FIXING FAULTS FASTER: New technology that reduces outage duration 


Bluebonnet field operations employee Chad Siegmund monitors the distribution automation equipment to ensure the equipment is functioning properly. (Sarah Beal photo) 

By Will Holford 

(Sarah Beal photo)Gholson, left, and Moerbe use the same hot sticks to close the circuit after a successful test of the new system.
No one likes a power outage. Not the families and businesses who have to endure them. And not the utility workers who are called out in all types of weather and at all hours of the day and night to fix them. 
So any opportunity to reduce the time that power is out and improve safety and reliability is a win for everyone. 
That is why Bluebonnet Electric Cooperative is deploying new equipment and technology called “distribution automation” that can do in just a few minutes what used to take an hour or two, sometimes longer. When the distribution automation system is fully functional, most places affected by an outage in the newly automated area will lose power for only a few seconds. 
Bluebonnet began installing its electric distribution automation system near Manor in eastern Travis County in 2014 and finished in late 2015. The co-op is now testing the equipment and software, and training field personnel and control room operators to use it. 
The electric distribution automation system in Manor covers 4,313 meters along 340 miles of line. 
“We chose Manor as the first area for distribution automation because of the number of homes and businesses in the area and their close proximity to three electric substations from which we can reliably serve our members,” said Eric Kocian, Bluebonnet’s chief engineer and system operations officer. “We are looking at other locations in our service area that would be the next logical places to deploy this technology and equipment.”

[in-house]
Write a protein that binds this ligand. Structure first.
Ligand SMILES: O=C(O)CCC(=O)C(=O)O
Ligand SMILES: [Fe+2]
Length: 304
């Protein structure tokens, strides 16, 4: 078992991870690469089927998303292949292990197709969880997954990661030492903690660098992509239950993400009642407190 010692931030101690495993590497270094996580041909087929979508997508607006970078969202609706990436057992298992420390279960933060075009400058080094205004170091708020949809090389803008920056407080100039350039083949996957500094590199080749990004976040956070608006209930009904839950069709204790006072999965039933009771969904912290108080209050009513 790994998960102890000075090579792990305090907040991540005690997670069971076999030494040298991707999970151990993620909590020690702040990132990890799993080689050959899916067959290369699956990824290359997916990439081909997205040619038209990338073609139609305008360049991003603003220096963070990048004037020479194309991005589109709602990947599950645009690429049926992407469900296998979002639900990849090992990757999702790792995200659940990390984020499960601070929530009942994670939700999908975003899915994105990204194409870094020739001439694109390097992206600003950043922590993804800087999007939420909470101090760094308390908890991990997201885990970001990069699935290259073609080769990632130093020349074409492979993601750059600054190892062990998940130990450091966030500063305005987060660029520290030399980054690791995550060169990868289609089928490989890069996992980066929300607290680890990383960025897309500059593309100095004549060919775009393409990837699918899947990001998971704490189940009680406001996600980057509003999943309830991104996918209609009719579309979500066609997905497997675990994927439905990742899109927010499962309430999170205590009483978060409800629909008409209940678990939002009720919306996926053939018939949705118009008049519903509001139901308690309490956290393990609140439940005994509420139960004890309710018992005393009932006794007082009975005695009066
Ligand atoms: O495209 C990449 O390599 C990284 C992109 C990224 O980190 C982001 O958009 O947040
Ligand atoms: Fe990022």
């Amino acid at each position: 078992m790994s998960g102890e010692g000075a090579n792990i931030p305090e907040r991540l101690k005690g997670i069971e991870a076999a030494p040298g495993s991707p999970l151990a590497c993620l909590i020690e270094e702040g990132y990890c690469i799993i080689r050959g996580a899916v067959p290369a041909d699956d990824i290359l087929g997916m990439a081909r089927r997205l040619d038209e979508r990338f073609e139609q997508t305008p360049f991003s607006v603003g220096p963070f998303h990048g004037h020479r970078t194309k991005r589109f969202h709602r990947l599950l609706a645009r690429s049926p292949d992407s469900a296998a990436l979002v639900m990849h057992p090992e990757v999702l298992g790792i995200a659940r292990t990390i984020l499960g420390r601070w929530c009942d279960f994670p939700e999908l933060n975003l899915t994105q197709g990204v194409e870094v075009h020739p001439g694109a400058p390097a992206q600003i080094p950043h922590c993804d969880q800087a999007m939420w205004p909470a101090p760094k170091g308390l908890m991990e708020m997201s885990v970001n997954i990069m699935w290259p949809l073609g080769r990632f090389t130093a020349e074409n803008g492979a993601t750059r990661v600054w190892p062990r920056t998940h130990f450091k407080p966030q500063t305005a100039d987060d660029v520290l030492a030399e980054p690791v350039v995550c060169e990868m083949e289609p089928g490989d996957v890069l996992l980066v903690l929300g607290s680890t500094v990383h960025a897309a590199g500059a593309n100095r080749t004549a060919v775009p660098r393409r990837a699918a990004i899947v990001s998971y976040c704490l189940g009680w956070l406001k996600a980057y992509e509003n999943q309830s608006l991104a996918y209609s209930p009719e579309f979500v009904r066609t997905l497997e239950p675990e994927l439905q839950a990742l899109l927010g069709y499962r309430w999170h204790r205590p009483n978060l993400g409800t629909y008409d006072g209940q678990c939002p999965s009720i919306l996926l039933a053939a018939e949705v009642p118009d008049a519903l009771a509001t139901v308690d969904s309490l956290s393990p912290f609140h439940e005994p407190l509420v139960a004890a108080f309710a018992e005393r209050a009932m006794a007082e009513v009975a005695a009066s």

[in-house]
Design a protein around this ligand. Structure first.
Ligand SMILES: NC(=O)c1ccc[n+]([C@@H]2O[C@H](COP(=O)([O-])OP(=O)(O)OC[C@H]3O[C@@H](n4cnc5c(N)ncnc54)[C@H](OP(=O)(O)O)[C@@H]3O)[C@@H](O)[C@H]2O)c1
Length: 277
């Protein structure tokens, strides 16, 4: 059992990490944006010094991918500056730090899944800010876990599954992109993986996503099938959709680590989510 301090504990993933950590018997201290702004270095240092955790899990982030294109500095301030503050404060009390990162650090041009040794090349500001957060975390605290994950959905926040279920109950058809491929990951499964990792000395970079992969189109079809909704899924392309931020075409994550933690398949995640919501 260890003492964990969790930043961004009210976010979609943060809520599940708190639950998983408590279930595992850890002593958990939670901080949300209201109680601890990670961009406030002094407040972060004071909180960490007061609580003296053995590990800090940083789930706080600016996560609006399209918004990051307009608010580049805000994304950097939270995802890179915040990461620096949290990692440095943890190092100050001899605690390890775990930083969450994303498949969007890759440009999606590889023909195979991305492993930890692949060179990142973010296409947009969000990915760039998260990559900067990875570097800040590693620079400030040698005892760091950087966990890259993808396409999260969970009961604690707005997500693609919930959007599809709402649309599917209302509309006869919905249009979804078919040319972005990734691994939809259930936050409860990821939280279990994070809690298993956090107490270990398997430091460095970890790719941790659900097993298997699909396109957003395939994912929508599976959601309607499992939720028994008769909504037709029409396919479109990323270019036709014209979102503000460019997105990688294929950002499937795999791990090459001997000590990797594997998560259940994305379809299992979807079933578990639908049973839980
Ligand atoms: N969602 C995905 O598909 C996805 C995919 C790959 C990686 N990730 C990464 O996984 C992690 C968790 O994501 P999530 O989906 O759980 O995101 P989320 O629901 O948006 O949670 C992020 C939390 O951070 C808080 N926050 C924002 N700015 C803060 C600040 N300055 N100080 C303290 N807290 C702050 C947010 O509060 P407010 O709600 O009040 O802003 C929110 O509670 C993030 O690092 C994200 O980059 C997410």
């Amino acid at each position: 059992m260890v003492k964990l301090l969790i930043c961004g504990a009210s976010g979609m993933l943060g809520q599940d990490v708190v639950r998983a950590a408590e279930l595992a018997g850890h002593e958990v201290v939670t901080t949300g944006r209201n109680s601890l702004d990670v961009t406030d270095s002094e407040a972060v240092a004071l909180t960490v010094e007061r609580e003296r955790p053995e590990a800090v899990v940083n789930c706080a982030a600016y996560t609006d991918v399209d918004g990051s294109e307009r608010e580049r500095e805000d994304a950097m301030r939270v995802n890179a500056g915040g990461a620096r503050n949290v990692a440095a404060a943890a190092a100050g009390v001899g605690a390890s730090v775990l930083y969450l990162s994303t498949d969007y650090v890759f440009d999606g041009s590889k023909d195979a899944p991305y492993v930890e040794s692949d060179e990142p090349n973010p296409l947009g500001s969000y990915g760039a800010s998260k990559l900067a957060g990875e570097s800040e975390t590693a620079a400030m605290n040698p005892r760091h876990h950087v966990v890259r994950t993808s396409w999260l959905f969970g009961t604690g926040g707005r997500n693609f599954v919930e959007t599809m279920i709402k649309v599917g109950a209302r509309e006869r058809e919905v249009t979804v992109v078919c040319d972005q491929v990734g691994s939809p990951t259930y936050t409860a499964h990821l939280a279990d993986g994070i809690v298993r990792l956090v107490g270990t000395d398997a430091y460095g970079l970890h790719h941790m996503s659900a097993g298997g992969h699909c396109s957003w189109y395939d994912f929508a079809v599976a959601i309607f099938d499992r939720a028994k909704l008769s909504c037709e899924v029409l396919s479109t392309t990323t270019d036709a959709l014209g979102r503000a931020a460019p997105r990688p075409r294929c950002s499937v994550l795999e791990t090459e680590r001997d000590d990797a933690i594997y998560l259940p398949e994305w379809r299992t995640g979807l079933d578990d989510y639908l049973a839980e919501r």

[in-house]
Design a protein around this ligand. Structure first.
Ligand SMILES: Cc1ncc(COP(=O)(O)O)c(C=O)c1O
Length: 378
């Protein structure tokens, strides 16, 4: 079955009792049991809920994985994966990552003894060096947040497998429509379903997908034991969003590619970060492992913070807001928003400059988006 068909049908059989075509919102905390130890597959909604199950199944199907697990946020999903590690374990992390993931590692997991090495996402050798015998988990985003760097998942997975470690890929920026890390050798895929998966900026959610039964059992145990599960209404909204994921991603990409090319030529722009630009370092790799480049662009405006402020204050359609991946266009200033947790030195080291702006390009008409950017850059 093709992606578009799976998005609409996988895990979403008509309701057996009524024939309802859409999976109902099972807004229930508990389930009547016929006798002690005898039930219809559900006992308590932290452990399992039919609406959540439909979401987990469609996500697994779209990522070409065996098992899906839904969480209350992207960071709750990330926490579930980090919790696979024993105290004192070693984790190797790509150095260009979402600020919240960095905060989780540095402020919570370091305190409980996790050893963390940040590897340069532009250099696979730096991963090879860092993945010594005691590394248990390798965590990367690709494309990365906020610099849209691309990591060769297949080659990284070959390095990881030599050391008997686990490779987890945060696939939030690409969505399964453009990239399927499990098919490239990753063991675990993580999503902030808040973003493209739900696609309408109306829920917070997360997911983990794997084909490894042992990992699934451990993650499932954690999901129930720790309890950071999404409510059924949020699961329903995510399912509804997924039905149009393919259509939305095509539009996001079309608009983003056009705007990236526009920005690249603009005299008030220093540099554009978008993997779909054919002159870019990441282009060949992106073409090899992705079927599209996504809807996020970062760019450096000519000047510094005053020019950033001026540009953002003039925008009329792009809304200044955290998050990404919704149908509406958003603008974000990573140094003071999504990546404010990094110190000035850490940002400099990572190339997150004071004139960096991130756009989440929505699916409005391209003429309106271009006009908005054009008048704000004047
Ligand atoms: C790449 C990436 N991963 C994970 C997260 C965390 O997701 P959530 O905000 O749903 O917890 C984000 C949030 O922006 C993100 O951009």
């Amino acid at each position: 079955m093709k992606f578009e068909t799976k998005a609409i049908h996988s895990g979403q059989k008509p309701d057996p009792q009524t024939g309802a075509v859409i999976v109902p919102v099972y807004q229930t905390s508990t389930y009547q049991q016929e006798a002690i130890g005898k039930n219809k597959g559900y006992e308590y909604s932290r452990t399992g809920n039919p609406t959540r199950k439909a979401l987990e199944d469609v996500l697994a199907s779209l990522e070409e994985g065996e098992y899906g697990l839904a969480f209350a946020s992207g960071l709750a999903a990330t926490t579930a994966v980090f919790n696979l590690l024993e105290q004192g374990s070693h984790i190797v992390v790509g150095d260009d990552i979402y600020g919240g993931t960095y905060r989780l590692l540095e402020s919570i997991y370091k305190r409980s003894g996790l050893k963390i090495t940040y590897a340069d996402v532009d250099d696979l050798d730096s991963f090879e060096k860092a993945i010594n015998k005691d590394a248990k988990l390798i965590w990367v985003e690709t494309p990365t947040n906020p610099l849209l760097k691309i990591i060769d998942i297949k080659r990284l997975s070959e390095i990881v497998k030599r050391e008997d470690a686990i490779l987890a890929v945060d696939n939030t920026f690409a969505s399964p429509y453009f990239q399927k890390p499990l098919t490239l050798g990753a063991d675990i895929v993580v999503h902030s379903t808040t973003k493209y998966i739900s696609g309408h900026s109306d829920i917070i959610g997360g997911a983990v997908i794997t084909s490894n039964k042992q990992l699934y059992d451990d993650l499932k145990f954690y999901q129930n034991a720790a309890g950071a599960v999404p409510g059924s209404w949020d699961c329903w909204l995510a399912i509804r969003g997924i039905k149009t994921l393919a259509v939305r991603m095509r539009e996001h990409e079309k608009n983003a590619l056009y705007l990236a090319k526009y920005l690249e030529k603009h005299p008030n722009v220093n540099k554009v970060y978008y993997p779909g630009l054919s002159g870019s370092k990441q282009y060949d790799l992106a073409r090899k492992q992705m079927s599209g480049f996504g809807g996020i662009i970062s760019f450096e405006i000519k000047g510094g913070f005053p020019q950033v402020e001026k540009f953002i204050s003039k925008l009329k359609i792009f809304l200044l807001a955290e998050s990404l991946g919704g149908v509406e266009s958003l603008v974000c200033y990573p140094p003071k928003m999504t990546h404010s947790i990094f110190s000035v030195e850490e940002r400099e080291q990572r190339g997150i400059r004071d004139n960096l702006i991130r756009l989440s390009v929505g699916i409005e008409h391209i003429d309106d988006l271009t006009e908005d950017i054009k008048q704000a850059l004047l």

Here’s how distribution automation works: When an electrical fault causes an outage on Bluebonnet’s electric power grid, highly skilled control room operators see it on their monitors and locate it on the grid. They then communicate through a cellular network with a series of switches that open and close to isolate the troubled section of power line. Electricity is then rerouted to homes and businesses through power lines not affected by the fault. 
Once it is fully functional in Manor, the new system will automatically recognize a power outage, locate the fault and determine which switches can isolate that section of line. The system will open or close the correct switches to route power to all but the few members whose homes or businesses are on the section of line where the fault is located. 
Think of it like this: Bluebonnet’s electric grid is basically like the streets in your town or neighborhood. When city or county officials need to repair a section of street, they close only the section where the work is to be done, inconveniencing as few people as possible. You can still get to where you need to go by driving around the closed section using other streets. But the city or county has to go out and put up barricades and signs directing drivers around the hazard. 
During a power outage, Bluebonnet’s crews are dispatched to the area to locate the fault. Once it’s located, linemen work with control room operators to determine how to restore power to as many members as possible by isolating the fault until repairs can be completed and power is fully restored. 
Basically, the power, like traffic in the city street analogy, is detoured around the fault to everyone but the few homes or businesses on that isolated section of line. 
Throughout most of Bluebonnet’s electric grid, this time-consuming process is done manually. However, when an outage occurs within the distribution automation system in Manor, Bluebonnet’s control room operators quickly and remotely isolate the outage. And when the Manor system is fully functional, the automated system will significantly reduce the duration of outages for Bluebonnet members and improve safety and reliability.

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